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Live Review: Horrorshow, B Wise, Omar Musa

21 October 2016 | 1:47 pm | Rhys Anderson

"Musa appears in the middle of the crowd, surfing on someone's shoulders and cheering the band on."

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It's a public holiday in Hobart, and 300 sweaty bodies jam their arms up and push into each other as cheers rise above soul-heavy beats. Hobart, at the very end of the Elefant corridor, is once again being sanctified as Horrorshow brings labelmates Omar Musa and B Wise on their national tour. They're more than halfway through their sold-out tour and it's clear this line-up is not letting up.

Omar Musa is the first to stand before the crowd. An author of two incredible novels and one of Australia's most acclaimed spoken-word artists, Musa is something changed on stage when backed by club beats. His words and flow are quick and fluid as a snakebite as Musa drapes himself in legacy - Australian, Malaysian, hip hop. A well-versed student of history, his intelligence often sits behind his rambunctiousness in raps. Musa is able to deliver sharp barbs at the state of the nation (and Scott Morrison) with the easy swagger and tongue-between-the-teeth smile of a class clown. It's a winning one-two combo - music that hits the mind and feet in unison, delivered with incorrigible charm.

B Wise, one of the newest artists to the Elefant Traks label, is part of what seems to be a distinct emerging scene in Australian hip hop. It delves further into the history of Australian culture and what it means to be Australian from the perspective of a non-Irish, non-English heritage. For a divided country that simultaneously celebrates and parades its multi-culturalism, while being dangerous for non-white Australian citizens, these are important discussions that are being had every day. What these artists are doing is something unique and powerful for Australian music. Live tonight B Wise, with precise delivery and a well-balanced setlist, brings the party straight into the punters' feet; intelligently dissecting a living history of under-the-surface tensions. His reception is one of breathless excitement and raw-throated appreciation.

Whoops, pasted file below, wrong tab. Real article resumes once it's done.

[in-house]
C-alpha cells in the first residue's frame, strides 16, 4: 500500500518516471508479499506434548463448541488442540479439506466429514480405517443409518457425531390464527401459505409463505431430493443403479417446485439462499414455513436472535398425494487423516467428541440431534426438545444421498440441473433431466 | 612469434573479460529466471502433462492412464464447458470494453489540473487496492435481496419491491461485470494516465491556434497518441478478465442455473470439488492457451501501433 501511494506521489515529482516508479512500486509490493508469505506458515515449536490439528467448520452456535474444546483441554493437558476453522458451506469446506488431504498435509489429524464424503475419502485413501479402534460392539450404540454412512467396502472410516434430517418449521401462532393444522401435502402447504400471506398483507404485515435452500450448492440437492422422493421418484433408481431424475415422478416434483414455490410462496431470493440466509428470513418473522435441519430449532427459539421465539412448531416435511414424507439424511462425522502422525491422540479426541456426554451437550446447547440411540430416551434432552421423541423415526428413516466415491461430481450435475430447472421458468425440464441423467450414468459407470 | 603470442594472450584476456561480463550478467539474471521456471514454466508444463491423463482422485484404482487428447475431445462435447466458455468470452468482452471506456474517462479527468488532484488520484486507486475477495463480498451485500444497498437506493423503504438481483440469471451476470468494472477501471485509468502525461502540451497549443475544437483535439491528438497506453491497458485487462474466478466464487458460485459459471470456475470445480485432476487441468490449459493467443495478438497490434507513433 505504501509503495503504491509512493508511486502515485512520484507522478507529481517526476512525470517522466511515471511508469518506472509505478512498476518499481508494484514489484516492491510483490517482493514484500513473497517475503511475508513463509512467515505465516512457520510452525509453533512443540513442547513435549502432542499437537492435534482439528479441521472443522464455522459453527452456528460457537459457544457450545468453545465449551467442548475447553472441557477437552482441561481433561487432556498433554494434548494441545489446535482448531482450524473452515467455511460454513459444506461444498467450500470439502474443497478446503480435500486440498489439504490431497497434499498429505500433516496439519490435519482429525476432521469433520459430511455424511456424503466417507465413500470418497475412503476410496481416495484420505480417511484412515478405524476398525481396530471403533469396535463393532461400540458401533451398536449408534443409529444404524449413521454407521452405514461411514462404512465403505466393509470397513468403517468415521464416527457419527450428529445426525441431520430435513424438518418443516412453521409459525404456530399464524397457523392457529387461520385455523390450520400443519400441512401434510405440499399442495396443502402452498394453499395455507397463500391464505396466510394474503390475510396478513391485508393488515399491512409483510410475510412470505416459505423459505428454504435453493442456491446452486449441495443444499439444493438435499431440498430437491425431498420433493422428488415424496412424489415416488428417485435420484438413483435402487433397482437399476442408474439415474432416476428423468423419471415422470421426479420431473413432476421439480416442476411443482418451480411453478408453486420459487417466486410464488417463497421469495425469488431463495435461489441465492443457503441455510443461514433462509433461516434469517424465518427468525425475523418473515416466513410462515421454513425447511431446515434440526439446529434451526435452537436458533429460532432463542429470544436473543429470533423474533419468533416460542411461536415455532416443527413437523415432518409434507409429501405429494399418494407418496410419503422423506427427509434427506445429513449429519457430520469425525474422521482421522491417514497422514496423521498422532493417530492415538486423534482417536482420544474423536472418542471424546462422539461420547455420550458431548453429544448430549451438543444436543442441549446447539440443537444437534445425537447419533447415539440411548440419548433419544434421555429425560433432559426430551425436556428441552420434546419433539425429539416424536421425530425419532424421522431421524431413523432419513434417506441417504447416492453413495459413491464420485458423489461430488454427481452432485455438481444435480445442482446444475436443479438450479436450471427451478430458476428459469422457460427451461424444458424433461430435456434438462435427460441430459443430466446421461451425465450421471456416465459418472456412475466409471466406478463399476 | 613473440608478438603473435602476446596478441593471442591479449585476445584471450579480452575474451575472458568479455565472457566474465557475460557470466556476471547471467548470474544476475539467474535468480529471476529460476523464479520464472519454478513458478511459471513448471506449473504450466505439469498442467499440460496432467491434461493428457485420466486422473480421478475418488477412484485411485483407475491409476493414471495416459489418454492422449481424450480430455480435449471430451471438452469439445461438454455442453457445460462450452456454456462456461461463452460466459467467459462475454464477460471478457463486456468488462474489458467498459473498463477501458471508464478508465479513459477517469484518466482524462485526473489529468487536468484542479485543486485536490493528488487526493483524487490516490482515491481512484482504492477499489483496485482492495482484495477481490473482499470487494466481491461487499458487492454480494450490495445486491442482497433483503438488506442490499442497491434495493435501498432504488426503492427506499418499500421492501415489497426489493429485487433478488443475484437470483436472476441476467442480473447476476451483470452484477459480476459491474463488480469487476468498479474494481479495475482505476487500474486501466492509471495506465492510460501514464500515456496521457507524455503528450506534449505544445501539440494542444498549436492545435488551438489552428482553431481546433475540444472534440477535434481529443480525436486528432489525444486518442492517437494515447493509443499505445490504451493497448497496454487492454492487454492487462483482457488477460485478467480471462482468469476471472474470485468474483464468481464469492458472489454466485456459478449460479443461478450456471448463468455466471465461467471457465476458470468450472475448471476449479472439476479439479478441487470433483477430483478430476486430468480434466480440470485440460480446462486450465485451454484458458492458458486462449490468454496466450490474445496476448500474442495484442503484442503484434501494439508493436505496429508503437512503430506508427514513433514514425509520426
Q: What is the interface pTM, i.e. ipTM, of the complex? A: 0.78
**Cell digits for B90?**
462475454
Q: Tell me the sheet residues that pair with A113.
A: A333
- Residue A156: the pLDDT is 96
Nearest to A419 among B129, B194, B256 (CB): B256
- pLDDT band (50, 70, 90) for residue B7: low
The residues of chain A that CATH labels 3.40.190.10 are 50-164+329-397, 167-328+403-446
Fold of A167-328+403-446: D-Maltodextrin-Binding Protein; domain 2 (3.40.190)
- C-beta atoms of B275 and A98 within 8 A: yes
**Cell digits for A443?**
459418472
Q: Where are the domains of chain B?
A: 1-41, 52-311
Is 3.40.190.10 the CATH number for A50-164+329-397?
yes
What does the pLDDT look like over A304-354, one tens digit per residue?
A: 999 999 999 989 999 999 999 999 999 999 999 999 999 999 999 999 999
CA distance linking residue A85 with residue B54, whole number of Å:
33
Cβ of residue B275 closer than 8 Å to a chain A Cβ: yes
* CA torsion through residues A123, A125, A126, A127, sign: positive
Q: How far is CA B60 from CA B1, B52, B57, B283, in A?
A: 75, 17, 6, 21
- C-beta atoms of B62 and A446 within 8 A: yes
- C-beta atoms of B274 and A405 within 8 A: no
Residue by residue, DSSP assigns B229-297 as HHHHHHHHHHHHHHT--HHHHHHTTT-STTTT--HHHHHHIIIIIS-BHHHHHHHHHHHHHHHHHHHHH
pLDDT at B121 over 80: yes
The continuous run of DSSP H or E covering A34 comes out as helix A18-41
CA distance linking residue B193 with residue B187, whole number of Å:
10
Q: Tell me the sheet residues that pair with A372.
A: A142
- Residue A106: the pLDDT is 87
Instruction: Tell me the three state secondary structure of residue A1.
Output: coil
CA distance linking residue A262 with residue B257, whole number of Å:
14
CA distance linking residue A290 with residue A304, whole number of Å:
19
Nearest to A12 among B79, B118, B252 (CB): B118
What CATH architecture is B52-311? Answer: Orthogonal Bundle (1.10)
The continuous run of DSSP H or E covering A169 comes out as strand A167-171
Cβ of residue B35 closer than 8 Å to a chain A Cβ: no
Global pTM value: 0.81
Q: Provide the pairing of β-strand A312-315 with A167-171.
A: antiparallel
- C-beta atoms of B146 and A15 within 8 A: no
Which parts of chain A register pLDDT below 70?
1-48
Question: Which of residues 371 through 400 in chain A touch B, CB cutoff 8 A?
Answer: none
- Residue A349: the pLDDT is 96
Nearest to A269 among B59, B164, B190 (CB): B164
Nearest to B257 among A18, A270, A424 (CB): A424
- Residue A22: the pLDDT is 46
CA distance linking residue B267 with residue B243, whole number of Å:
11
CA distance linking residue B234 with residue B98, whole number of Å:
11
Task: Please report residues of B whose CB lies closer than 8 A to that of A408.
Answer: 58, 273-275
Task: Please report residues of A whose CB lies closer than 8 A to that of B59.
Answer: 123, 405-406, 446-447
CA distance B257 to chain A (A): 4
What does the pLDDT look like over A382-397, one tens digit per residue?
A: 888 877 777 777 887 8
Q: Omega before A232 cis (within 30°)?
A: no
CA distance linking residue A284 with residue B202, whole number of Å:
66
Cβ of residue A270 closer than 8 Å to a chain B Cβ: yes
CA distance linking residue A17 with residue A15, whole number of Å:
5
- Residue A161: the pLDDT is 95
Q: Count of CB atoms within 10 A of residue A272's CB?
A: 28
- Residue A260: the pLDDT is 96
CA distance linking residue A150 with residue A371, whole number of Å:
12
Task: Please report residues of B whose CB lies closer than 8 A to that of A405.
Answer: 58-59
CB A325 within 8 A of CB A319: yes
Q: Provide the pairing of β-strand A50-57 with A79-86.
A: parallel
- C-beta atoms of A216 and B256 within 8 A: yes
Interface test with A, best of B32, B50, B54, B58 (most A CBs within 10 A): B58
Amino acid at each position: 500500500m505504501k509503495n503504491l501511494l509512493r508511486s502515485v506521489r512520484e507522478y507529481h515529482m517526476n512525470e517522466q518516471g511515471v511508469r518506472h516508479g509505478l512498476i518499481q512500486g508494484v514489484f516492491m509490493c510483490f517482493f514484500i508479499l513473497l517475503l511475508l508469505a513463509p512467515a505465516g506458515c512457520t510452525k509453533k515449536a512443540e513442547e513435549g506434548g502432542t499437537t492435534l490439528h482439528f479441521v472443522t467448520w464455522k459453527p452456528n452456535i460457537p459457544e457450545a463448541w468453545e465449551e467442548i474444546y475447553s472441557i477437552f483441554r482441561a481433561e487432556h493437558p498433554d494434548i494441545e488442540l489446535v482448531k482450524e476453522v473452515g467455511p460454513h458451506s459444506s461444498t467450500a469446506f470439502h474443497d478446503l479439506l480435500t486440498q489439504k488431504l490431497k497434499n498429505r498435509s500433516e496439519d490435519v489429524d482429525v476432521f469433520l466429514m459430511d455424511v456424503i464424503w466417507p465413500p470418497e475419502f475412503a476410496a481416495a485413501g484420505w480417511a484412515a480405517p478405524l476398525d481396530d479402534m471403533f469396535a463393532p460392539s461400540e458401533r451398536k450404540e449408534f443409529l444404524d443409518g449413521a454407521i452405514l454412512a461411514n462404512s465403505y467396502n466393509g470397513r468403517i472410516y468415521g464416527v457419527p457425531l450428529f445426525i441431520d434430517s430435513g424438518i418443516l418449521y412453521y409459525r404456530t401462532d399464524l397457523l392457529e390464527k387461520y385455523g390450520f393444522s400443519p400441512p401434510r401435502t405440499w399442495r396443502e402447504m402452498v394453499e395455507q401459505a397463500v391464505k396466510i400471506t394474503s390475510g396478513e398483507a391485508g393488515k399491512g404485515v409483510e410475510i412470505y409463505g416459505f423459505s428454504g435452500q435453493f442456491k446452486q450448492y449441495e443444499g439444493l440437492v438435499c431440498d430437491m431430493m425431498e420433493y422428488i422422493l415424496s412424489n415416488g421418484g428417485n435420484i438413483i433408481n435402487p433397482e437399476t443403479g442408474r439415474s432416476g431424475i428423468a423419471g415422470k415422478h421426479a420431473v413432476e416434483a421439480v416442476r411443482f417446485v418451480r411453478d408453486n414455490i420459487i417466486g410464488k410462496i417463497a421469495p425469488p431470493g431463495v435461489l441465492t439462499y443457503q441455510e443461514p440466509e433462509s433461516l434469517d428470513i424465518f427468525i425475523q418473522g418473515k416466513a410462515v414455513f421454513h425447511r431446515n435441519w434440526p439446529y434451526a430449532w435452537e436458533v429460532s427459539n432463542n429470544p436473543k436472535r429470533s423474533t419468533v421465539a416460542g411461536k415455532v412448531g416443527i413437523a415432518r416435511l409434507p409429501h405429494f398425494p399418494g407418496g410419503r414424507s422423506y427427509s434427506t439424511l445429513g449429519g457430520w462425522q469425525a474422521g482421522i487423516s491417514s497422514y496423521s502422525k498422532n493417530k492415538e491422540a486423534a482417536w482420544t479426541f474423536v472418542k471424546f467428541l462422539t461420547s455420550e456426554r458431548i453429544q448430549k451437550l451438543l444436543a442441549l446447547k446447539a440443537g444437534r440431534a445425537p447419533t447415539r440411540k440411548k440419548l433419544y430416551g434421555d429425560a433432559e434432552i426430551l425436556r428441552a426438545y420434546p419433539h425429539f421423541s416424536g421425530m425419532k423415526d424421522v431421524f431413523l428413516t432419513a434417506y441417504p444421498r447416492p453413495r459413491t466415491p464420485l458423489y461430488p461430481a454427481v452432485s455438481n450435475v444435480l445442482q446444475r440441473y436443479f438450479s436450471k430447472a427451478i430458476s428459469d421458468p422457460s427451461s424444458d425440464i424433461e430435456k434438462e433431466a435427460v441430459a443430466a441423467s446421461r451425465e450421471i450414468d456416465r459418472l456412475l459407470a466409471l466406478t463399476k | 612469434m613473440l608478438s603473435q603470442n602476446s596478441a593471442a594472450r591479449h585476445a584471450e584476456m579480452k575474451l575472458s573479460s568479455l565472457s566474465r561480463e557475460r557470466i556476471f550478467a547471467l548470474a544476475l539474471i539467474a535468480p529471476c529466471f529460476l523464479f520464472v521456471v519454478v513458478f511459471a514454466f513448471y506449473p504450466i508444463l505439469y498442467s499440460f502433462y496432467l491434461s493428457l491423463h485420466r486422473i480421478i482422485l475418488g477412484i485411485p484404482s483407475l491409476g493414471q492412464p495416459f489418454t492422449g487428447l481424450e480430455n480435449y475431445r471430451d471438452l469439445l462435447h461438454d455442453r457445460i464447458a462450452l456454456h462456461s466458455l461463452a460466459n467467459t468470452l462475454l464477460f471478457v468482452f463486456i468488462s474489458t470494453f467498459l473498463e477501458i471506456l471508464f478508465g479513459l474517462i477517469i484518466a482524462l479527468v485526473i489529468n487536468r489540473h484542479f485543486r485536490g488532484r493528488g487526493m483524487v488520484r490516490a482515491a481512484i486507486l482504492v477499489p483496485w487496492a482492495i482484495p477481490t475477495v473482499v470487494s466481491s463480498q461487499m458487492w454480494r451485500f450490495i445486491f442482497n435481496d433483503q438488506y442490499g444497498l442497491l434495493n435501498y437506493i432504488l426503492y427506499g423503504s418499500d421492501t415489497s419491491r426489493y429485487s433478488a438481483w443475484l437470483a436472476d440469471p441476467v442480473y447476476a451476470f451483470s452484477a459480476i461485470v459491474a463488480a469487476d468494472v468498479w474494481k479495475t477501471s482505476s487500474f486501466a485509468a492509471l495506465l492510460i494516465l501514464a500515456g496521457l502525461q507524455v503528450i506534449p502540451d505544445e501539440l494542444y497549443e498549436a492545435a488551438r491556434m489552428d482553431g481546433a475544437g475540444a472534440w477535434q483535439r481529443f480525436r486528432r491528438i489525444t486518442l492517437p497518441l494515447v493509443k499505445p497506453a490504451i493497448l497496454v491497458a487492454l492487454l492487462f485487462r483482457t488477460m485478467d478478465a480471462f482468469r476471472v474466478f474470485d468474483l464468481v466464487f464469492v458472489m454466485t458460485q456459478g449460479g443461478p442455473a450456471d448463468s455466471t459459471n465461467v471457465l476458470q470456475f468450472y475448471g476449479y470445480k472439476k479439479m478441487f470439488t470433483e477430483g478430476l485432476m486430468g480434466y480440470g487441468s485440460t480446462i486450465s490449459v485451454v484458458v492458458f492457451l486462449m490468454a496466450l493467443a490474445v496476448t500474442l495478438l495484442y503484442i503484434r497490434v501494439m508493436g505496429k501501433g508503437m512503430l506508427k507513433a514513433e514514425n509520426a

There is no barrier for this show - punters are clustered all around the stage, so close that the MCs are practically standing on them. It's a warm and wild reception, a thunderstorm within sweaty pub walls. Horrorshow open with the familiar simple bassline of Lou Reed's Walk On The Wild Side. Crowd favourites Dead Star Shine and Walk You Home earn ecstatic applause. At one point during Horrorshow's performance, Musa appears in the middle of the crowd, surfing on someone's shoulders and cheering the band on. Elefant Trak artists fuse like an extended family. Something that can be seen when all the artists from tonight's line-up (including all three DJs) take to the stage together, standing shoulder-to-shoulder to trade verses and beats. After the show, sweaty and no doubt exhausted from channelling so much energy to feed the audience, every one of tonight's artists takes the time to walk around, meet the crowd, take photos, share stories and give their appreciation to another full-to-capacity audience.

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These interactions aren't glad-handed winning-hearts-and-minds tactics, but genuine expressions of gratitude to the people that come out on a Thursday to support original live music.

There are still several shows left for this national tour, if you can buy a ticket this reviewer strongly recommends it.